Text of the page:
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What we don’t know about Qatar and what we don’t know about key Senate races

Steven Brill
Aug 5, 2014 05:00 UTC

U.S. Secretary of State John Kerry walks with Qatari Crown Prince Tamim bin Hamad Al Thani in Doha

1. Inside Qatar:  the terrorists’ benefactor and America’s friend

As the war in Gaza continues, we keep hearing that one pipeline for negotiations with Hamas goes through Qatar, the tiny, oil-rich kingdom in the Gulf that has friendly relations with Hamas. In fact, Qatar hosts the leaders of Hamas and provides financial support.

According to the online Times of Israel, “Qatar continues to fund the movement’s terror apparatus abroad, enabling tunnel digging and rocket launching.”

The United States, like Israel, has branded Hamas a terrorist group and, over the weekend, stepped up its criticism of the Qataris’ support of Hamas. Yet Washington maintains friendly relations with Qatar. The bond is so tight that the largest U.S. military base in the region is there.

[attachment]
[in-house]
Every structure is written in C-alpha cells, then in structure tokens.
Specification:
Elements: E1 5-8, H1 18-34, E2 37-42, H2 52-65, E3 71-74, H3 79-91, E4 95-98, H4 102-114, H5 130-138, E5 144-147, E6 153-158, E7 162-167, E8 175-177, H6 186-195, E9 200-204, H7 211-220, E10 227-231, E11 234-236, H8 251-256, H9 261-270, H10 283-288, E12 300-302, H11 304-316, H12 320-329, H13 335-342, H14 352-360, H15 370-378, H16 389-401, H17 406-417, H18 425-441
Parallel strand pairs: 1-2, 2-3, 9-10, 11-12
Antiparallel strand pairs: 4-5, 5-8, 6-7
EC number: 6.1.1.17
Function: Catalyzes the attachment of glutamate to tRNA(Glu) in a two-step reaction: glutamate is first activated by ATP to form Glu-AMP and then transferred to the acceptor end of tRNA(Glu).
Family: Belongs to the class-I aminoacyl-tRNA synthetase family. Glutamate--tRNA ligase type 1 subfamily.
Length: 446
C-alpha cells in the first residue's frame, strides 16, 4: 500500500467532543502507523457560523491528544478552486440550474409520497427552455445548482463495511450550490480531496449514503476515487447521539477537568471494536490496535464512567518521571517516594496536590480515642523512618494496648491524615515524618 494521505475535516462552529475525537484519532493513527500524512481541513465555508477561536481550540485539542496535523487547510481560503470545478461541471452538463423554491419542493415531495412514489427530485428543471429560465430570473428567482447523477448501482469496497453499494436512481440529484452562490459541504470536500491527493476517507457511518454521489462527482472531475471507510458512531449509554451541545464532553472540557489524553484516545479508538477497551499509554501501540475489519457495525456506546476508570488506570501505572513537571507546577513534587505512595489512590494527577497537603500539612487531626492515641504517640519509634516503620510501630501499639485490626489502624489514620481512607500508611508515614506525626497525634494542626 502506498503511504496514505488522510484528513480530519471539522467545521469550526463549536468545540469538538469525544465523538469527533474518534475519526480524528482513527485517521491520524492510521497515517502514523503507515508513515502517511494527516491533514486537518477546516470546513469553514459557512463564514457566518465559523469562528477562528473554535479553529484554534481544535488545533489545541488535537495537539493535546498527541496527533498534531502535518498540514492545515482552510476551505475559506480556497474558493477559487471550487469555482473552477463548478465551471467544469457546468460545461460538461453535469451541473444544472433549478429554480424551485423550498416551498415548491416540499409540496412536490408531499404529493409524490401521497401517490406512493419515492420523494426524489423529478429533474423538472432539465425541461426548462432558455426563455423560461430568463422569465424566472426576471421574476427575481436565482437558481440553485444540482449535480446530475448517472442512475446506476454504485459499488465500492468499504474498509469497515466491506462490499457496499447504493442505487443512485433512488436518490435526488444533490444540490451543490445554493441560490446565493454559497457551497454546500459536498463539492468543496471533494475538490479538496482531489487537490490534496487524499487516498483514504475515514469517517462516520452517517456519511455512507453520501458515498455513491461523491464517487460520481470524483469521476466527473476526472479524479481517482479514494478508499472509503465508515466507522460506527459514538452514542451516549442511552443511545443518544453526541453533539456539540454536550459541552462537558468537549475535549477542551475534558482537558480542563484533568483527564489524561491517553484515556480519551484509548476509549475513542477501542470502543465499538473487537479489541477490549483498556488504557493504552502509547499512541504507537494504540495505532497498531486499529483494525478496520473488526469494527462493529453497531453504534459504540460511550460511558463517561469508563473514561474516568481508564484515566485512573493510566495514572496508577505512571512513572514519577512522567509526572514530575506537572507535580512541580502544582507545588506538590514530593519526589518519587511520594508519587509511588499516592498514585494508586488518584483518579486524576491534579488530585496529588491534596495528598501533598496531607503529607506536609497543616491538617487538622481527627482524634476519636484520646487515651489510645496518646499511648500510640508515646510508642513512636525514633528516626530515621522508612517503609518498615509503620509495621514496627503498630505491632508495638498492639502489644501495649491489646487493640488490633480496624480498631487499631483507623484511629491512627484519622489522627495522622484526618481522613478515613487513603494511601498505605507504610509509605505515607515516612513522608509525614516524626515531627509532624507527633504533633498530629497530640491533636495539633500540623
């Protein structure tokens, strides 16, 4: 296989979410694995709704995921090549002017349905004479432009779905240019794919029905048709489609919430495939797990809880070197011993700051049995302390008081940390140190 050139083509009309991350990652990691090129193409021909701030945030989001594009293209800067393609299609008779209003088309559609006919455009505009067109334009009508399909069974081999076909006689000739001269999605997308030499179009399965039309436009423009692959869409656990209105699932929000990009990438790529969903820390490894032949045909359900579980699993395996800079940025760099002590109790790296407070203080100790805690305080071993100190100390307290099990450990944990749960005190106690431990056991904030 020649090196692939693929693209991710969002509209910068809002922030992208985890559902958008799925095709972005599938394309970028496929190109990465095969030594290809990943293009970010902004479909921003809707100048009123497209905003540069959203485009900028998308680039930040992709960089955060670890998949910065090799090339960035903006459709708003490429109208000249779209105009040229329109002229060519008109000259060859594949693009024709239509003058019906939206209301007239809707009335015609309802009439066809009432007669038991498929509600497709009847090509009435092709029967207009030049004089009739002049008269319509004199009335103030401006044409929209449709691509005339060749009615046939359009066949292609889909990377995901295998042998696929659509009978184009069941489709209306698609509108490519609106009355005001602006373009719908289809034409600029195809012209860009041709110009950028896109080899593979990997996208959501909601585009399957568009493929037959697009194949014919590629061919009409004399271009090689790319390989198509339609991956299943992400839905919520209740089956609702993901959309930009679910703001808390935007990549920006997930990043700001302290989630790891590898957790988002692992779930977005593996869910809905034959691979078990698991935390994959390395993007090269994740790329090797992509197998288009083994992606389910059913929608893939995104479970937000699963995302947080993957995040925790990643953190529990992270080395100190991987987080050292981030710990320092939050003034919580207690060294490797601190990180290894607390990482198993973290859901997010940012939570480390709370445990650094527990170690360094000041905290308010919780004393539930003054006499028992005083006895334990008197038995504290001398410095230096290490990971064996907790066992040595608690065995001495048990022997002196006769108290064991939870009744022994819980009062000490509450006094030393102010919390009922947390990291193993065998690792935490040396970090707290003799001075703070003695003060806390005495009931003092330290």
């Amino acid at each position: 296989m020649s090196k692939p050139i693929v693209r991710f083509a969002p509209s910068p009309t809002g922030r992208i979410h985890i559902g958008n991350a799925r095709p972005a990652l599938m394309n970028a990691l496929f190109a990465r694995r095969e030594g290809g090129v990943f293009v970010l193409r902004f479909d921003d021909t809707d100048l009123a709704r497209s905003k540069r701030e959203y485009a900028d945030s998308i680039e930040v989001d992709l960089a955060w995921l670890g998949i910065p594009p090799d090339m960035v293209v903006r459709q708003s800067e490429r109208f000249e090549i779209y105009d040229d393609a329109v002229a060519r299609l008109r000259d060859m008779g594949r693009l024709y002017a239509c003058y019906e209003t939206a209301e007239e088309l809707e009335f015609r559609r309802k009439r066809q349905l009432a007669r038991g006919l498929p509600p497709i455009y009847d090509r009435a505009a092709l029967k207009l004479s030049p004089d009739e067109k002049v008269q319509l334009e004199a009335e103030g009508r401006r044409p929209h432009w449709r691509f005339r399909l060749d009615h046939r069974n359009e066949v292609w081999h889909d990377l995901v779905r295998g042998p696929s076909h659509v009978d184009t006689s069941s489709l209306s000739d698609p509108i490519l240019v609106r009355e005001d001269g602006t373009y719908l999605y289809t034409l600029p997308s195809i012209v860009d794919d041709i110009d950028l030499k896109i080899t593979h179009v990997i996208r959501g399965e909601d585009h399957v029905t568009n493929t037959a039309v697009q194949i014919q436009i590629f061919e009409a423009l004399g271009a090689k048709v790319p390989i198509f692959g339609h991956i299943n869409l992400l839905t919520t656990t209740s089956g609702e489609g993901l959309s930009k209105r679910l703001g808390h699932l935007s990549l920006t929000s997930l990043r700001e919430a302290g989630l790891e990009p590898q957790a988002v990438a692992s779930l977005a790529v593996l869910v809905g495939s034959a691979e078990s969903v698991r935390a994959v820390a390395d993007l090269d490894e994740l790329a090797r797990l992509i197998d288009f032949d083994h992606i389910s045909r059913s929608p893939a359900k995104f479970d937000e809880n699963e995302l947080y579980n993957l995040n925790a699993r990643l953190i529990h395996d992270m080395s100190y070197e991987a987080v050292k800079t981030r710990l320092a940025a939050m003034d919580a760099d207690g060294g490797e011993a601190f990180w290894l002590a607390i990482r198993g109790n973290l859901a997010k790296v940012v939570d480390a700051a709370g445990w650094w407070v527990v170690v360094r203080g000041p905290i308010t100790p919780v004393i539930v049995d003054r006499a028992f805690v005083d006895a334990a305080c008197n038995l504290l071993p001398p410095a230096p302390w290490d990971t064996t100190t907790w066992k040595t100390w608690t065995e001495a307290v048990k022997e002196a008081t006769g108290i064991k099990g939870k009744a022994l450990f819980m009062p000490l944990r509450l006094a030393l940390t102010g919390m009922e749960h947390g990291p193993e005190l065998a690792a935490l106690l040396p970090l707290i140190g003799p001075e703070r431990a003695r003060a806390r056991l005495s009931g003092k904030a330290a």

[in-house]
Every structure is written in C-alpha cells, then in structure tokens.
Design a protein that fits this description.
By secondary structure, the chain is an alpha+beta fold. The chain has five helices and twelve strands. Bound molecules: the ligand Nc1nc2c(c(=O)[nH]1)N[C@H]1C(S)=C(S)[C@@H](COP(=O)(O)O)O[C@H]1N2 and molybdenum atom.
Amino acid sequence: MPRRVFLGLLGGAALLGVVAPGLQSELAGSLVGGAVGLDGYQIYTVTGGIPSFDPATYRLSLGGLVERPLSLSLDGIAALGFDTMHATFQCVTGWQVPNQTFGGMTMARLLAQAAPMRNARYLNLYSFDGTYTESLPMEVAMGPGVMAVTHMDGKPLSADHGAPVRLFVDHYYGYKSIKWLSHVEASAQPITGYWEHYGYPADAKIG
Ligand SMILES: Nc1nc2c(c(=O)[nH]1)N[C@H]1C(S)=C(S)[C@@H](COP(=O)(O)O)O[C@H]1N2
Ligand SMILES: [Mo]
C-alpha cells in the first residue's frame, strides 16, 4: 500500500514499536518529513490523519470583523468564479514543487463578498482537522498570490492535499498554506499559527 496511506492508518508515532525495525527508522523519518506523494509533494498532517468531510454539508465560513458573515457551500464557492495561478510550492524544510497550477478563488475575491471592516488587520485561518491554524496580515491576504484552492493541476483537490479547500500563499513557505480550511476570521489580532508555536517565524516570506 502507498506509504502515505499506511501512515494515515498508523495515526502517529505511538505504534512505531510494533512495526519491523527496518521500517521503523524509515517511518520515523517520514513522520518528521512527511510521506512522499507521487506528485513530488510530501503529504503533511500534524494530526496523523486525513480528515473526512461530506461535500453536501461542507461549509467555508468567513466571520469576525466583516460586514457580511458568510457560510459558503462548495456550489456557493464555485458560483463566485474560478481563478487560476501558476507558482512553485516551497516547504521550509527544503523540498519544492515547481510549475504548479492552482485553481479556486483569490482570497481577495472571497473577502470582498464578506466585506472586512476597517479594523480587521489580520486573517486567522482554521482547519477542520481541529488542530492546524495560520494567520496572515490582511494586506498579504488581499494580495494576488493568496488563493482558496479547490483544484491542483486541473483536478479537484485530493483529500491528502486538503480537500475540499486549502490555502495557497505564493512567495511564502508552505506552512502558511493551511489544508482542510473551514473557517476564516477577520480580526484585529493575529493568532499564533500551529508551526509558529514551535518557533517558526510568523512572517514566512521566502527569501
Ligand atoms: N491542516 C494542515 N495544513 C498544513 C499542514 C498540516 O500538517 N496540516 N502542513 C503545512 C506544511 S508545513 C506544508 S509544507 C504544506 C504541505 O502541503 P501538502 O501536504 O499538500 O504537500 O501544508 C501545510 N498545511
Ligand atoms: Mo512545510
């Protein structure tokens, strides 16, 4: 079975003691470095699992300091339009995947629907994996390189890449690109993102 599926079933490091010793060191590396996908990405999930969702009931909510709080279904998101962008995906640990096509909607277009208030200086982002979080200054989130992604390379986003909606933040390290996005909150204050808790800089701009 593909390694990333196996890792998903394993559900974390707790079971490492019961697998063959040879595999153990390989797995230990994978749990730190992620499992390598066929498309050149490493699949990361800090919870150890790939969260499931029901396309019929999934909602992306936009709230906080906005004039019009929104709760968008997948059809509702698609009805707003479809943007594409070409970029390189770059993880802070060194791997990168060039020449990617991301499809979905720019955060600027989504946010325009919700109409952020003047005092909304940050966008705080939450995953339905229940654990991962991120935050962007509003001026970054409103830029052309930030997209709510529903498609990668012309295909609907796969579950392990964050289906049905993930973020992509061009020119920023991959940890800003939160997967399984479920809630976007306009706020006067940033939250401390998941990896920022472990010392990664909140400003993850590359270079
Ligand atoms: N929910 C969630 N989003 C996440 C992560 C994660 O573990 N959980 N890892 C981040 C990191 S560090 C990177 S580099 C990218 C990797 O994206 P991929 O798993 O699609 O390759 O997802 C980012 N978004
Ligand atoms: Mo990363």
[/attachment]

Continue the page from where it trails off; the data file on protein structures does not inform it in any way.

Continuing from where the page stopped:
U.S. Secretary of State John Kerry speaks with Qatar's Foreign Minister Khalid al-Attiyah before the opening session of the Syrian Donors Conference at Bayan Palace in Kuwait CityIt’s through Qatar that the United States negotiated with the Taliban for the freedom of Army Sergeant Bowe Bergdahl. Qatar was the go-between for the release of five high-value Taliban officers, who were being held captive at Guantanamo Bay, Cuba, in exchange for Bergdahl.

The freed Taliban fighters are now living in, yes, Qatar, where the Taliban’s leaders maintain an office and homes under Qatari protection.

The facts on Iron Dome, suing over Flight 17 and reviving the VA

Steven Brill
Jul 22, 2014 05:00 UTC

An Iron Dome launcher fires an interceptor rocket in the southern Israeli city of Ashdod

1. Figuring out the Iron Dome:

As I kept reading and seeing television reports last week about how the Iron Dome missile defense system was doing such a good job protecting Israel from Hamas’ rockets, this intriguing story by the highly regarded veteran journalist James Fallows appeared on the Atlantic website.

Fallows points to other reports suggesting that the system’s success might have been greatly exaggerated and, in fact, that in the midst of war, reporters – he singles out this Washington Post story — often get seduced by military officials and weapons makers into overstating how effective some new piece of weaponry has been.

So, there is obviously a lot more work to be done here figuring out just how good the Iron Dome really is.

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